Source: Religion & Ethics NewsWeekly: "Belief and Practice: Jewish Hair-Cutting Ceremony"
Judaism Glossary (Document)
The practice of some Jewish parents to wait until their sons are three years old before cutting their hair for the first time -- known as upsherin in Yiddish, or chalakeh in Hebrew -- dates back as far as the 16th century. Although not widely practiced, the upsherin illustrates key facets of Judaism: the importance of education, the practice of tzedakah (charity), the centrality of family and community, and the view that religion permeates every aspect of life -- even a haircut.
Because it is only a custom and not Jewish law, there isn't one correct way to perform an upsherin. Traditions vary and are carried down through generations. For some, it is customary to have the upsherin in a holy place, such as the gravesite of a revered rabbi, a synagogue or a yeshiva (a Jewish house of study). Others have the ceremony in their homes, reception halls or other public spaces.
A rabbi often makes the first cut. Scissors are then passed around, and parents and guests are invited to take a snip. Usually, a barber is brought in to finish up with a professional cut. Among Hasidic and other ultra-Orthodox families, the hair is cut to form payot, Jewish side curls, in observance of the biblical commandment not to cut the hair on the sides of the head.
It is typical for Jews to commemorate life-cycle events with acts of charity, and the upsherin is no exception. Some Jews weigh the hair that is cut and give an equivalent amount to charity. Others donate the cut hair to organizations that make wigs for children who have lost their hair to cancer. The little boy in the video gives his guests coins to drop in a box that has been designated for charity.
For many Orthodox boys, the upsherin marks the day when they begin to regularly wear a yarmulke and tzitzit. The upsherin also marks the beginning of a boy's formal education. To emphasize the sweetness of learning, it is customary for the child to lick honey off a Hebrew letter, as shown in the video. Sometimes children eat cupcakes or lollipops with Hebrew letters on them or indulge in other sweets connected to learning Hebrew and the Torah.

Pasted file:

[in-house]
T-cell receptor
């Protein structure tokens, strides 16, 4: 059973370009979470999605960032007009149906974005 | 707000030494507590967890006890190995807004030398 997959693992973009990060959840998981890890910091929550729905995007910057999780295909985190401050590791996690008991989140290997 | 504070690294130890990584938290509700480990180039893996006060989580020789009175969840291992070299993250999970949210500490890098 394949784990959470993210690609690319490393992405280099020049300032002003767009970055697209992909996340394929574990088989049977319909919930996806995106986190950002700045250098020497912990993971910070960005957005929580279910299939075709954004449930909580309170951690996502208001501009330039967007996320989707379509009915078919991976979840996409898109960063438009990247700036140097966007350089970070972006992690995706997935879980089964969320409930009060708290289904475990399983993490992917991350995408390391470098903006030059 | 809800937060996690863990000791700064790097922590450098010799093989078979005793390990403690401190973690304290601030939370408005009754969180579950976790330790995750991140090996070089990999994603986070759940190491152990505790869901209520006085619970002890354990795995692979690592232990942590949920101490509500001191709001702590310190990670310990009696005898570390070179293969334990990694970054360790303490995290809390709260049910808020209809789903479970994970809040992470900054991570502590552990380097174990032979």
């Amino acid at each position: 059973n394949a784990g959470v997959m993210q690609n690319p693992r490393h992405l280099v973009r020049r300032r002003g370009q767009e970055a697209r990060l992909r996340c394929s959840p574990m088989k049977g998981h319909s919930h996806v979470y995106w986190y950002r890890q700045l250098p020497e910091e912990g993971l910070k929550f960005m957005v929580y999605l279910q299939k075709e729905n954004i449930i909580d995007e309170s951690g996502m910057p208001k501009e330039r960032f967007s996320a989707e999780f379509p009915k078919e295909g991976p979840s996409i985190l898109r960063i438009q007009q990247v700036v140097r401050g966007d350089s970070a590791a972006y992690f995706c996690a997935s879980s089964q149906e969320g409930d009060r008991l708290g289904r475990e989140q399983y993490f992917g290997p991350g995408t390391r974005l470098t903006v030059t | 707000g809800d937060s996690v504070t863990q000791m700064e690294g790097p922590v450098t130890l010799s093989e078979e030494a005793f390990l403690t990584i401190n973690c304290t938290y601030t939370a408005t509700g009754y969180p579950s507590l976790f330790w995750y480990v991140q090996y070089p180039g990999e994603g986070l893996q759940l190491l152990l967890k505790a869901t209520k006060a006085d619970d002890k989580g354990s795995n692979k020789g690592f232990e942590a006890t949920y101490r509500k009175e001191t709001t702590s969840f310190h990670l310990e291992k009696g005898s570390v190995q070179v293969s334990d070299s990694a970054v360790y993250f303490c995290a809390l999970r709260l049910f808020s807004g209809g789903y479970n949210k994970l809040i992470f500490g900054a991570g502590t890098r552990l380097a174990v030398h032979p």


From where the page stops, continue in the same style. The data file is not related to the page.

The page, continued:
Among traditionally Orthodox Jews, only boys celebrate an upsherin. However, the upsherin is becoming increasingly popular among Jewish Renewal families who have adopted the custom and are finding creative ways to celebrate it with both boys and girls.
Rabbi YISRAEL DEREN (Director, Chabad Lubavitch, Fairfield County, CT): The upsherin is a ceremony that marks a little boy's third birthday. It marks the beginning of a little boy's formal education. As far as we are concerned, there is nothing more important than education.
The Bible talks about a human being, referring to a human being as "ki ha'adam etz hasadeh" -- the man's compared to a tree in the field. From an educational perspective, a tree grows best when it has deep and solid roots.
Now, we find with the tree, the Bible tells us that the first three years, its fruits are not to be eaten. We sort of extrapolate from there -- from a mystical perspective -- and wait three years before we cut a little boy's hair for the first time.
We've actually combined two ceremonies at once here, because another tradition that we have, which is that a child, upon beginning the educational process, is brought into the schoolroom wrapped in a tallit, a prayer shawl. When Berel was brought in, the assembled showered him with sweets -- the notion that his life should be a sweet one.
And a chart with the Hebrew alphabet is placed before the child, and the teacher will take some honey and smear it on the first letter of the alphabet and let the child lick from the honey, symbolizing the notion that learning is a sweet experience, learning is a delightful experience.
One by one, everybody walks up to Berel and takes a snip of his hair. The haircutting itself becomes an educational experience. It's a mitzvah, where you cut the hair and you leave the payot, the hair along the side. And the central message here -- that every aspect and every element of our lives ultimately can be endowed and therefore must be endowed with a higher and divine purpose, so that even a haircut acquires a religious significance.
Traditionally, the child has a couple of coins that he gives out to everybody who comes over and encourages that person to give that coin to charity. In fact, what he or she simply is really doing is "tzedakah" -- righteousness, the right thing, the proper and appropriate thing ...
UNIDENTIFIED WOMAN: Mazel tov.
Rabbi DEREN: ... which is to take what we have and use it to make the world around us a better place. So he's helping somebody else do the mitzvah. The other person is doing the mitzvah and, meanwhile, acts of goodness and kindness begin to multiply. Now imagine if everybody walked out of here and encouraged another couple of people to do that and they, in turn, encouraged another couple of people to do that. We believe that every human being truly does have the ability to change the entire world, one good deed at a time.
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